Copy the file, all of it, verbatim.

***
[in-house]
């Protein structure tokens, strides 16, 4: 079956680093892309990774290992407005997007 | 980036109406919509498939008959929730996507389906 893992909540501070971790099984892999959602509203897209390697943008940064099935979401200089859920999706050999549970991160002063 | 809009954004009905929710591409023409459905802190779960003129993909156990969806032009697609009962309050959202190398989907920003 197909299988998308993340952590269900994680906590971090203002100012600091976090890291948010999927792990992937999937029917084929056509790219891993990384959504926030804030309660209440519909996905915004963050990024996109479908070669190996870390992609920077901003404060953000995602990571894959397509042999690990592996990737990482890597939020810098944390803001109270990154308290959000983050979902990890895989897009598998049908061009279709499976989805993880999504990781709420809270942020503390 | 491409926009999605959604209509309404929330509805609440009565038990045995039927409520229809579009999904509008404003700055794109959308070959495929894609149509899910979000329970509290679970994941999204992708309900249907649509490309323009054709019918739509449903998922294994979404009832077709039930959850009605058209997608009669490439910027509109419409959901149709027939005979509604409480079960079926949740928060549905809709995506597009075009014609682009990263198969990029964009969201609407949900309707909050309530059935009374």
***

[in-house]
């Protein structure tokens, strides 16, 4: 079956680093892309990774290992407005997007 | 980036109406919509498939008959929730996507389906 893992909540501070971790099984892999959602509203897209390697943008940064099935979401200089859920999706050999549970991160002063 | 809009954004009905929710591409023409459905802190779960003129993909156990969806032009697609009962309050959202190398989907920003 197909299988998308993340952590269900994680906590971090203002100012600091976090890291948010999927792990992937999937029917084929056509790219891993990384959504926030804030309660209440519909996905915004963050990024996109479908070669190996870390992609920077901003404060953000995602990571894959397509042999690990592996990737990482890597939020810098944390803001109270990154308290959000983050979902990890895989897009598998049908061009279709499976989805993880999504990781709420809270942020503390 | 491409926009999605959604209509309404929330509805609440009565038990045995039927409520229809579009999904509008404003700055794109959308070959495929894609149509899910979000329970509290679970994941999204992708309900249907649509490309323009054709019918739509449903998922294994979404009832077709039930959850009605058209997608009669490439910027509109419409959901149709027939005979509604409480079960079926949740928060549905809709995506597009075009014609682009990263198969990029964009969201609407949900309707909050309530059935009374």